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Princess Mako Puts Wedding to Japanese 'Commoner' on Hold

Princess Mako Puts Wedding to Japanese 'Commoner' on Hold

Princess Mako (R), the eldest daughter of Prince Akishino and Princess Kiko, and her fiancee Kei Komuro (L), smile during a press conference to announce their engagement at the Akasaka East Residence in Tokyo on Sept. 3, 2017. (Shizuo Kambayashi/AFP/Getty Images)

By    |   Tuesday, 06 February 2018 12:47 PM

Princess Mako's wedding to a Japanese "commoner" has been put on hold until 2020 because of "lack of preparation," the Imperial Household Agency announced Tuesday, according to the Kyodo News Service.

Princess Mako, 26, is the eldest granddaughter of Emperor Akihito, the news service said. Princess Mako and her fiancé, Kei Komuro, 26, were supposed to have been formally engaged March 4 during a traditional court ceremony called Nosia no Gi, Kyodo reported.

The wedding was planned for Nov. 4, but now the princess has said through the Imperial Household Agency that she "came to recognize the lack of time to make sufficient preparations," Kyodo wrote.

The delay will move the wedding to after Emperor Akihito, 84, abdicates his throne in April 2019, to Crown Prince Naruhito, 57, Mako's uncle, USA Today reported.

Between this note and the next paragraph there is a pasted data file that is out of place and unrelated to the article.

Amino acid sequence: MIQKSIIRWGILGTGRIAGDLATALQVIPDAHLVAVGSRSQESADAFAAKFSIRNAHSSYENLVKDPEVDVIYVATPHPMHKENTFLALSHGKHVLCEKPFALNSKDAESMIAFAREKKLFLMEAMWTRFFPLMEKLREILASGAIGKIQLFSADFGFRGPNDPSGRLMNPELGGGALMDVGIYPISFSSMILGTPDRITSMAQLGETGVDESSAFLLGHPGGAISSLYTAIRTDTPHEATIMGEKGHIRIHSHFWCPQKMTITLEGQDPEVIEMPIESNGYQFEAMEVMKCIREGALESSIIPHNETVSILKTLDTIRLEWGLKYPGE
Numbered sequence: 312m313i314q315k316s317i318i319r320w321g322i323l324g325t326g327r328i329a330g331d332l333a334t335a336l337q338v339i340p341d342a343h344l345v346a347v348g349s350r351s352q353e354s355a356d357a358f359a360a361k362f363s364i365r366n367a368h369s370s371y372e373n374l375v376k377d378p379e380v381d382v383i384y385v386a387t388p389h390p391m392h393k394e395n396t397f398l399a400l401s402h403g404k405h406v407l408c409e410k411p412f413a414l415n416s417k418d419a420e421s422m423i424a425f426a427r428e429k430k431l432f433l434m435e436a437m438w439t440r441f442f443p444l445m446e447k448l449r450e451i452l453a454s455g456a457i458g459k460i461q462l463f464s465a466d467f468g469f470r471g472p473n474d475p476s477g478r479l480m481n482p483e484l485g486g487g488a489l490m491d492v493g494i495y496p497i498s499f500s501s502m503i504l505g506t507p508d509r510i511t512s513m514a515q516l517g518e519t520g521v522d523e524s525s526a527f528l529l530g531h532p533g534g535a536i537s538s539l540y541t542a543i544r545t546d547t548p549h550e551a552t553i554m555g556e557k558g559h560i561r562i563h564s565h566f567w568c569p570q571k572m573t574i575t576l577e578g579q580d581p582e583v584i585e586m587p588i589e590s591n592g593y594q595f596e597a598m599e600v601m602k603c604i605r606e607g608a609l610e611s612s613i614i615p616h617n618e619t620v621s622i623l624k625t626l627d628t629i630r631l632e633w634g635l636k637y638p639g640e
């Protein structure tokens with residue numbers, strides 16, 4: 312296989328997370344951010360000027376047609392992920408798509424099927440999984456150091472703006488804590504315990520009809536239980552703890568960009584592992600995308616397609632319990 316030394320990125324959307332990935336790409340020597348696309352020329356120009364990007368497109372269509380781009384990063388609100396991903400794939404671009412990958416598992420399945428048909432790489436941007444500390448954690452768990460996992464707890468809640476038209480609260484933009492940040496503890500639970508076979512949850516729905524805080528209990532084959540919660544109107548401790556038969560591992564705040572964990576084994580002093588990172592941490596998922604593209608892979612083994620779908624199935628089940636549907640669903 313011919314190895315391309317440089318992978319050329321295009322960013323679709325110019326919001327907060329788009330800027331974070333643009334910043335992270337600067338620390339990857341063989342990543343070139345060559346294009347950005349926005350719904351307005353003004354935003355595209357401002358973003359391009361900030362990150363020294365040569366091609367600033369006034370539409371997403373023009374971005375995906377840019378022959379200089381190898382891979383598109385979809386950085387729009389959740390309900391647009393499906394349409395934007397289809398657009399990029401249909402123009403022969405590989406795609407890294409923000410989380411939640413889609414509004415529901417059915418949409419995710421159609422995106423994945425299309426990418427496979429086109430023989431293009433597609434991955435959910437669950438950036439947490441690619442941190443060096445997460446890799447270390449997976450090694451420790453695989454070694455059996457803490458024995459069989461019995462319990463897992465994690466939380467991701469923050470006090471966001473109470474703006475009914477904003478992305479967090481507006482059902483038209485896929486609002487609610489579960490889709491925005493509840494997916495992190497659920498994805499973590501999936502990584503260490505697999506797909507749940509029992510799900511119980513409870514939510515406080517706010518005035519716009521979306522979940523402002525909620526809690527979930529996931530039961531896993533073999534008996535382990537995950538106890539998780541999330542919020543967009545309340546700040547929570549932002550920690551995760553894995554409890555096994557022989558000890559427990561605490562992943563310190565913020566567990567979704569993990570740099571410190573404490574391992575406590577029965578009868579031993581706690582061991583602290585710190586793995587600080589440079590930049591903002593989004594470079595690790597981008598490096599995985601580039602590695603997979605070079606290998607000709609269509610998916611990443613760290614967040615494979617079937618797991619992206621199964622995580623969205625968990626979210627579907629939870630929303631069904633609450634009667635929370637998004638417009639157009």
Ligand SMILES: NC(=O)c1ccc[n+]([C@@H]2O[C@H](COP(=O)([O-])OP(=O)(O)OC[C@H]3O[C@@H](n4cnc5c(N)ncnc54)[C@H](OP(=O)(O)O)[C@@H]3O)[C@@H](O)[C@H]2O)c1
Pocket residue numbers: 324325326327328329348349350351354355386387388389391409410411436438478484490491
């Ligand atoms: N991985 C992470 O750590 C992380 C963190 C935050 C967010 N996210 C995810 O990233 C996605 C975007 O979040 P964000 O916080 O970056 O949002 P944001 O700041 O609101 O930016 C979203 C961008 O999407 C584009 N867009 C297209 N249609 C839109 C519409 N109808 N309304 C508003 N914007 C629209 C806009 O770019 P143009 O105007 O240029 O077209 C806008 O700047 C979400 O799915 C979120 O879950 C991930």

A recent magazine article reported a dispute that has emerged between Komuro's mother and her former fiancé about her son's education expenses totaling about 4 million yen, or $36,640, which was paid by the mother's former partner, Kyodo said.

The Imperial Household Agency said that the dispute had nothing to with the postponement.

"The intention of the two to get married hasn't changed at all," Takaharu Kaji, an Imperial Household Agency official, told Kyodo. "(The postponement) isn't because of the report.

"If there is any trouble, it should be resolved, and then the two should get married. Time can be used to further strengthen their bonds."

Princess Mako's wedding highlighted the challenges with the shrinking Japanese royal family because the princess must leave the royal family when she marries a commoner, according to longstanding Imperial House Law, Kyodo said.

Her departure will leave 18 members in the family, including the emperor himself, the news service said. In Japan, only a male in the paternal line has the right to rise to the Chrysanthemum Throne, Kyodo said.

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Japan's Princess Mako reportedly is putting off her wedding to commoner Kei Komuro until 2020 because of "lack of preparation."
princess, mako, wedding, japan
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2018-47-06
Tuesday, 06 February 2018 12:47 PM
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